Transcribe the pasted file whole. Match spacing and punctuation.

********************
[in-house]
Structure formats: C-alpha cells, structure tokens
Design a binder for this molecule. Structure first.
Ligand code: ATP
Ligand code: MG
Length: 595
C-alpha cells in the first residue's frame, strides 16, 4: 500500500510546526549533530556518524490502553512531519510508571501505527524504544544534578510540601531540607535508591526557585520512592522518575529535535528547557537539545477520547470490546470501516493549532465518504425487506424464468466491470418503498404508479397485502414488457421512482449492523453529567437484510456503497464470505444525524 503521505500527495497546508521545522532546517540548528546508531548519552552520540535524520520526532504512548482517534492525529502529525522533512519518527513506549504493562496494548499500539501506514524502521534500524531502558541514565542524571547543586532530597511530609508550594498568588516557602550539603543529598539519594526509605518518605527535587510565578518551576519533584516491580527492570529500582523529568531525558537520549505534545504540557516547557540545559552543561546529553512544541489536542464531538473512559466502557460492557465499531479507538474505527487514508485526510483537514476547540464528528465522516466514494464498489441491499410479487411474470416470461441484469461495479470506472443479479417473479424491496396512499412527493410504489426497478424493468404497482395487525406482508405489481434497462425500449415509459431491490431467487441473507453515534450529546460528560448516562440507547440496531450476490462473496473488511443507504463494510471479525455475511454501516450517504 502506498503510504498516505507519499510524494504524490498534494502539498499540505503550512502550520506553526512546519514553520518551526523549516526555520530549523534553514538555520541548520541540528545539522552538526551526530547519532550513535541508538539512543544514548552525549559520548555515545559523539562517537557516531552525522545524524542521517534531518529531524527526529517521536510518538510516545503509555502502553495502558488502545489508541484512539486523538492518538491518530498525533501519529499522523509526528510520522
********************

[in-house]
Structure formats: C-alpha cells, structure tokens
Design a binder for this molecule. Structure first.
Ligand code: ATP
Ligand code: MG
Length: 595
C-alpha cells in the first residue's frame, strides 16, 4: 500500500510546526549533530556518524490502553512531519510508571501505527524504544544534578510540601531540607535508591526557585520512592522518575529535535528547557537539545477520547470490546470501516493549532465518504425487506424464468466491470418503498404508479397485502414488457421512482449492523453529567437484510456503497464470505444525524 503521505500527495497546508521545522532546517540548528546508531548519552552520540535524520520526532504512548482517534492525529502529525522533512519518527513506549504493562496494548499500539501506514524502521534500524531502558541514565542524571547543586532530597511530609508550594498568588516557602550539603543529598539519594526509605518518605527535587510565578518551576519533584516491580527492570529500582523529568531525558537520549505534545504540557516547557540545559552543561546529553512544541489536542464531538473512559466502557460492557465499531479507538474505527487514508485526510483537514476547540464528528465522516466514494464498489441491499410479487411474470416470461441484469461495479470506472443479479417473479424491496396512499412527493410504489426497478424493468404497482395487525406482508405489481434497462425500449415509459431491490431467487441473507453515534450529546460528560448516562440507547440496531450476490462473496473488511443507504463494510471479525455475511454501516450517504 502506498503510504498516505507519499510524494504524490498534494502539498499540505503550512502550520506553526512546519514553520518551526523549516526555520530549523534553514538555520541548520541540528545539522552538526551526530547519532550513535541508538539512543544514548552525549559520548555515545559523539562517537557516531552525522545524524542521517534531518529531524527526529517521536510518538510516545503509555502502553495502558488502545489508541484512539486523538492518538491518530498525533501519529499522523509526528510520522